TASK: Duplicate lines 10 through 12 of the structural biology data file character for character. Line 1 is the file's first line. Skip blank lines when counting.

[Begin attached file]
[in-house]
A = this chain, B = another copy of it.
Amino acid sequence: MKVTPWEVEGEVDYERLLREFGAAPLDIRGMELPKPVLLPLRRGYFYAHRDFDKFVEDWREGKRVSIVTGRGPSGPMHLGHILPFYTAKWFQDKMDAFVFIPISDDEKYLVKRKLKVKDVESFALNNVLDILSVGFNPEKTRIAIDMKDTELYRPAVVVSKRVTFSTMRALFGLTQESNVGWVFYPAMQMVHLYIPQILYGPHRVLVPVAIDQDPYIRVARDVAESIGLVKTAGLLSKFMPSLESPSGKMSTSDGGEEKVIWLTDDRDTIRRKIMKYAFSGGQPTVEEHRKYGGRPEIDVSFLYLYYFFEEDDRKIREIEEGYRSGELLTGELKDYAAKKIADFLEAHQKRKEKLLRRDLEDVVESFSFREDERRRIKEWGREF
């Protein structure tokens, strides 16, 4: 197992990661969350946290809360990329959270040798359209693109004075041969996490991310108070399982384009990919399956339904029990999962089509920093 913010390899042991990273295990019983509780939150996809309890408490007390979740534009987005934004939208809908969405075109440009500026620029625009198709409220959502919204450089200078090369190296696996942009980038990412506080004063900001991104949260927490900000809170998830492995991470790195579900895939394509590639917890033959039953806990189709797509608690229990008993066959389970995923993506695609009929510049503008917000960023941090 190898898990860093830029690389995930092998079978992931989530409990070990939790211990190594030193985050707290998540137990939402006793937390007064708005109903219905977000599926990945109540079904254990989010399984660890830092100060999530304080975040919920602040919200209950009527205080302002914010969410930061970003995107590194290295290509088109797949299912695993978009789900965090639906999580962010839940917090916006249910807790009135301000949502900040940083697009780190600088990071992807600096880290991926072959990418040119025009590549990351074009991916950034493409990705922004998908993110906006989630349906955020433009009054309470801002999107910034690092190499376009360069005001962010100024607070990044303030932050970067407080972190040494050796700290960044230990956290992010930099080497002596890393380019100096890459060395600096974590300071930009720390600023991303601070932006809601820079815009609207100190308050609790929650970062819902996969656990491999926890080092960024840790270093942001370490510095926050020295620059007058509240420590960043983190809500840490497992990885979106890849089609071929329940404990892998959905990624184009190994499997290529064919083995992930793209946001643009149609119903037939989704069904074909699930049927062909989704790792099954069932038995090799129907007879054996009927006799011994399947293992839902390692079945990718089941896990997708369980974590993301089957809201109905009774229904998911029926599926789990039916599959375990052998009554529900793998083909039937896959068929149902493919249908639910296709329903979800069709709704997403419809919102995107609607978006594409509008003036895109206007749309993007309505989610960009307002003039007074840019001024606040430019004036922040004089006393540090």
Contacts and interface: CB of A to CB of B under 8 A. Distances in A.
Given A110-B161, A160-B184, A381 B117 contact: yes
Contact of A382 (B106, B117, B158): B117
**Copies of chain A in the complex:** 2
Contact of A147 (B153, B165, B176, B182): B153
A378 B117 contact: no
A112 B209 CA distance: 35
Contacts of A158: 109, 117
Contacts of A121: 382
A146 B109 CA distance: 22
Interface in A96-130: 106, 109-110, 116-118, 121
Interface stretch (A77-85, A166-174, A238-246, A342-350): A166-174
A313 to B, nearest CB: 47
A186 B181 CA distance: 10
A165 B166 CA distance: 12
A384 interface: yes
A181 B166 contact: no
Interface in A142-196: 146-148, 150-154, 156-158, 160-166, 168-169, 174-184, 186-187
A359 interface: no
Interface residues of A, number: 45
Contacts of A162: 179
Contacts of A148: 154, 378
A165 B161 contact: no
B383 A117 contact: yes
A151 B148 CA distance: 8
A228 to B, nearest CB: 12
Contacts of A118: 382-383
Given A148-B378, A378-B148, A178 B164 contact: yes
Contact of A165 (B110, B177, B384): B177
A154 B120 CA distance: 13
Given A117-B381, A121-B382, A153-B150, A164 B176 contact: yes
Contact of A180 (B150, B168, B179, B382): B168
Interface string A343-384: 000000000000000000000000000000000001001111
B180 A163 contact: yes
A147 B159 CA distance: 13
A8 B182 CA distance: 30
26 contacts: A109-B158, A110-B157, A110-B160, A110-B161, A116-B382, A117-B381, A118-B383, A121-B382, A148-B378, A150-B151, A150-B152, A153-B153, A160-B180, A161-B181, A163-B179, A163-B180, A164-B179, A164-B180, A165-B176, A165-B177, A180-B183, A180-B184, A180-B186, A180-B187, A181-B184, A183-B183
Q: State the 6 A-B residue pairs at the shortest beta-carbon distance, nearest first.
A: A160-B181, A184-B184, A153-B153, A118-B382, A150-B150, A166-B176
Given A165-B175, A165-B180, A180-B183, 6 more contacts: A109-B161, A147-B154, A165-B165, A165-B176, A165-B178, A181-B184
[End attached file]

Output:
A378 B117 contact: no
A112 B209 CA distance: 35
Contacts of A158: 109, 117